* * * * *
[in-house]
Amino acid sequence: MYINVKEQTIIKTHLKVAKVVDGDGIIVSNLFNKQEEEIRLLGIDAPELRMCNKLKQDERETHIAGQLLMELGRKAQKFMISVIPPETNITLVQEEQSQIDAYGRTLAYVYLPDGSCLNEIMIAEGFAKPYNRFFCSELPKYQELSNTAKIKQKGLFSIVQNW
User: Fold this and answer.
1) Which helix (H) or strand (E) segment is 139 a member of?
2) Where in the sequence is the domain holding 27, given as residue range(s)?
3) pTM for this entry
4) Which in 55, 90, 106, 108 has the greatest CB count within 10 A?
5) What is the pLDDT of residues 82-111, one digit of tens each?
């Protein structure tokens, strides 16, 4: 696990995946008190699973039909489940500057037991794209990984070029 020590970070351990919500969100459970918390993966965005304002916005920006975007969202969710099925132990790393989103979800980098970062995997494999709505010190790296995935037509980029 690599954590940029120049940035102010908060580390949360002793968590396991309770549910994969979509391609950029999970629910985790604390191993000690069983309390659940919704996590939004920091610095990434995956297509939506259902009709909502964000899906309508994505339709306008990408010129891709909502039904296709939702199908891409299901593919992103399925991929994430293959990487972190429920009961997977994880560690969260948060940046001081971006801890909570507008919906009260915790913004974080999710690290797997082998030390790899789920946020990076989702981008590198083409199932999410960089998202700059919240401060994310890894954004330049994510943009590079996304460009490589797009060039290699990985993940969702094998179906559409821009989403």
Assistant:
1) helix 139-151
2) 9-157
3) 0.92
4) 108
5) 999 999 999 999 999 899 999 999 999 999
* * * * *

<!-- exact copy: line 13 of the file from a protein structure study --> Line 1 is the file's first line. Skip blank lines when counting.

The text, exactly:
3) 0.92